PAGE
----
Asking Questions about Transparency

It often feels like Obama is in the room with us at RISD these days, raising our collective awareness about a new way of leading marked by transparency. Already we’ve seen his government publishing the appropriations requested, stimulus money granted, and visitors to the White House on the web for all to see. In general, the web has also raised all of our expectations about the availability of information. Transparency now is so much easier to accomplish.

John has taken this to heart, and we’ve seen the mantra of transparency raise all sorts of questions here at RISD. Like many organizations, we seem to be wrestling with transparency’s boundaries. This year, amidst complex budget cuts, we learned about the difference between transparency and clarity — access to all the financial facts versus access to understanding the essential facts that affect us all. In a community of artists and designers, this often means communicating visually. We seem to understand that transparency means a commitment to revealing who makes the decisions, and providing understanding about the basic facts that affect all people in the organization.

But does it stop there? For instance:

Does transparency mean the information shared can’t change? As John has set high expectations for greater transparency, people have come to expect that they will remain informed, even as things change rapidly. So what happens when you go out with “the facts” as they exist at a certain moment in time, and then the facts change? I’m sure we at RISD were not alone in facing this challenge as last year’s financial crisis unfolded. Throughout the process, it became clear that higher expectations for transparency and real-time information must come part and parcel with setting expectations that the information will likely change. In other words, sharing information early and often means all the answers won’t be worked out at the outset. In a creative community where people are accustomed to experiencing shifts in their own work, perhaps this message was more easily received.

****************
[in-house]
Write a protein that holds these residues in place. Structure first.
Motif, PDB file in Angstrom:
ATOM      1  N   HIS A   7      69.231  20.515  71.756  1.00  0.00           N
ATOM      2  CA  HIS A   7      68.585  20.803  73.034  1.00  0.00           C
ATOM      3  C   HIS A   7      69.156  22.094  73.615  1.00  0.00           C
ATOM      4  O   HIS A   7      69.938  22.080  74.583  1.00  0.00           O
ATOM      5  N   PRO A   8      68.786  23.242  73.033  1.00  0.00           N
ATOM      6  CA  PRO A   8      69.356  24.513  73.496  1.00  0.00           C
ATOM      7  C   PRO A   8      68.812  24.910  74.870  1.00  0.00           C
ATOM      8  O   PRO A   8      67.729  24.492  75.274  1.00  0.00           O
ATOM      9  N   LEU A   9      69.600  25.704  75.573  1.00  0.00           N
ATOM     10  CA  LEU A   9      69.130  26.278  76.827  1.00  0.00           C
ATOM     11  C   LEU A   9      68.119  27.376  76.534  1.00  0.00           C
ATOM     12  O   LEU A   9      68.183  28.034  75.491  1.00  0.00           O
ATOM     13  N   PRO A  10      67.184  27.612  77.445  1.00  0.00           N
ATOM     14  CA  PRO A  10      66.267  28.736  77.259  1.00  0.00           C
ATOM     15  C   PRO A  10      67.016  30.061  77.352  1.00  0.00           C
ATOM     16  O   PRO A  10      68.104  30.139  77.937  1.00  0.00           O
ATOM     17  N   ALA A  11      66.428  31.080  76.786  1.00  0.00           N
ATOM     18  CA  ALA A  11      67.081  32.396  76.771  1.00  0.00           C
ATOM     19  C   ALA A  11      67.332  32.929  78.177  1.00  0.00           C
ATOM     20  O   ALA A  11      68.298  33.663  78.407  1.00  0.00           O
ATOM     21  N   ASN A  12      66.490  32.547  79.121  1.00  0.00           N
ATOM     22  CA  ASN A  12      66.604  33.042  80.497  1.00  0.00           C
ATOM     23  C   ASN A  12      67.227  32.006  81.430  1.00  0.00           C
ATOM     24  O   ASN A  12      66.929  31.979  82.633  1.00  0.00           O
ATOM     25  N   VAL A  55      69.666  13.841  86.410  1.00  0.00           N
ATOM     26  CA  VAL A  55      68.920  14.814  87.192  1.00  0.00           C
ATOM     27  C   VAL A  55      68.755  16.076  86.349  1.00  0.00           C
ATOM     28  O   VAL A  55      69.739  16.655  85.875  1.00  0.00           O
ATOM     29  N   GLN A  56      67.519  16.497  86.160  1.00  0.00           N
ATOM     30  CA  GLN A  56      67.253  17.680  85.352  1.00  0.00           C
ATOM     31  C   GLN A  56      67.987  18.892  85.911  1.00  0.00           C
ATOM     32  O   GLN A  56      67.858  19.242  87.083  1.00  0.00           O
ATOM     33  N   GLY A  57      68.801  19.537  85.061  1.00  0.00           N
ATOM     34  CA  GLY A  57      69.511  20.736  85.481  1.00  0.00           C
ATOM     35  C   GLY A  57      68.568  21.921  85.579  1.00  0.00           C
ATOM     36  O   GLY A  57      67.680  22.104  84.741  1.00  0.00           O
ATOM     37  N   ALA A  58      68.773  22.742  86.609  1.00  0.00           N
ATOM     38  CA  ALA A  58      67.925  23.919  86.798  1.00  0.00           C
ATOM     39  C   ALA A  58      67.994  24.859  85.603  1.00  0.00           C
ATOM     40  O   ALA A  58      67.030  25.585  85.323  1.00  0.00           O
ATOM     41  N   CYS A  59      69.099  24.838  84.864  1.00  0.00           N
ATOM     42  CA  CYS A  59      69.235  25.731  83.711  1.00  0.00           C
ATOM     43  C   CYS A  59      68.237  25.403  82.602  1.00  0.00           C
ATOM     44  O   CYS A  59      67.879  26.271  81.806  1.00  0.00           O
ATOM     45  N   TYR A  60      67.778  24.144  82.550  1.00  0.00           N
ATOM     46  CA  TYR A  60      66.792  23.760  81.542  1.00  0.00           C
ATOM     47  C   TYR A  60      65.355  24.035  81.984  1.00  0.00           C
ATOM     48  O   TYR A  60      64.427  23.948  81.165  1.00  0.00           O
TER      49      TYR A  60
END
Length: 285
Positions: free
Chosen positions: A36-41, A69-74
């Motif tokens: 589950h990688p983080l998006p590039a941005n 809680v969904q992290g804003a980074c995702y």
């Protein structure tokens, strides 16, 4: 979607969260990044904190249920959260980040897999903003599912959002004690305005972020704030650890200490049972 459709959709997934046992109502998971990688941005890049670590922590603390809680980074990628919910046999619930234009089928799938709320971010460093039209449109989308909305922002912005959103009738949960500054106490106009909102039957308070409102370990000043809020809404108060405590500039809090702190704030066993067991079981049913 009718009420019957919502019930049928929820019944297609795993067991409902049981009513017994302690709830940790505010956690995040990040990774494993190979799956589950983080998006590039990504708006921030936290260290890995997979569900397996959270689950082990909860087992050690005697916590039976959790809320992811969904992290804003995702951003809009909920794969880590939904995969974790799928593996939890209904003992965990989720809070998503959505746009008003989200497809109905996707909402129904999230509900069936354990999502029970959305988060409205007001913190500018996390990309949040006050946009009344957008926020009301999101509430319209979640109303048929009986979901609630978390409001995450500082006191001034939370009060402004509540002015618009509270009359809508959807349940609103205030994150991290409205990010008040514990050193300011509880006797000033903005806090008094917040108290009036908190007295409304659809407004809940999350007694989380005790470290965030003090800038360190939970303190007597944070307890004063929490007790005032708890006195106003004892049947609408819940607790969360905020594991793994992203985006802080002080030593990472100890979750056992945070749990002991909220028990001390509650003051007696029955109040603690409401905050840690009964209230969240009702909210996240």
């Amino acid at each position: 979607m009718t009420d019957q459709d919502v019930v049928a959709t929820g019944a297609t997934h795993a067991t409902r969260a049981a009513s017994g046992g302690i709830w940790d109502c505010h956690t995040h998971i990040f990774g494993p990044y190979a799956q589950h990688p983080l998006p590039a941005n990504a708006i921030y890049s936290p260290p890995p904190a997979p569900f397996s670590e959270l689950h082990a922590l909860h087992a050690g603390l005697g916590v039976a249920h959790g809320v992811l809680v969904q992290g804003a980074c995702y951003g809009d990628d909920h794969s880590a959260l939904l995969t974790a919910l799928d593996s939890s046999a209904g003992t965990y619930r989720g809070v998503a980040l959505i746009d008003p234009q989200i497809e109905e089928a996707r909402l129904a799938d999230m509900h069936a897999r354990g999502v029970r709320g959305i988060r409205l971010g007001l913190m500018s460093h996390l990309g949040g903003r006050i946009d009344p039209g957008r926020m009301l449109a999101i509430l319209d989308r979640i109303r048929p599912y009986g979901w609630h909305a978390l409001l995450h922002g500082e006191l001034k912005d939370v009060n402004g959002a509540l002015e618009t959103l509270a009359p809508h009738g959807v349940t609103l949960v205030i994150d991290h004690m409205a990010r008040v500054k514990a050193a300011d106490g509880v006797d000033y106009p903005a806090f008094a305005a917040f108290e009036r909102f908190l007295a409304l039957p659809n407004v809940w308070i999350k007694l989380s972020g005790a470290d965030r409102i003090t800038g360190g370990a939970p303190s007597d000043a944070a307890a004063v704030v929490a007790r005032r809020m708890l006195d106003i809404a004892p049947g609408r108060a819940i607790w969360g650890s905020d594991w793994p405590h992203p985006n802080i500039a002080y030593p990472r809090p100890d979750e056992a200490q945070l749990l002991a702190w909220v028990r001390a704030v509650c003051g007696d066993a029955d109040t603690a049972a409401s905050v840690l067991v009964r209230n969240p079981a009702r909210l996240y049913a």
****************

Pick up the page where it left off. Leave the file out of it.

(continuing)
Does transparency mean you need to be critiqued? Especially when it comes to decisions in the creative sphere, like whether to push forward with a new experimental initiative or which visual treatment works best, decisions can be made in intuitive leaps rather than incremental steps. They can be based on a feeling. To those of us who bear witness to this type of decision-making, the decisions can seem more abrupt, less predictable, or less “transparent” than decisions where the facts are laid out and logical reasoning is explained. Certainly transparency doesn’t rob decision-makers of their power to make decisions. But just as art students in a critique learn to explain their work and where it came from, transparent leaders do well by revealing their rationale.

In business, many leaders invite “the tough questions,” but in my own experience, there is nowhere leaders are more thoroughly questioned than in academia. The “critical thinking” skills taken from my own liberal arts education, leading me to question how and why decisions are made, are never too far away in this academic environment. Sometimes we call it “critical leading” at RISD: a living, working critique on leadership. Many of the questions we ask don’t yet have answers — which in the “?” environment of academia (versus the action-oriented “!” corporate environment) — feels completely appropriate. Our interest in transparency is collectively piqued; but it’s not yet clear whether transparency will break — or merely bend — the way we’re used to doing things.

Read the original post here, by John Maeda & Becky Bermont @ Harvard Business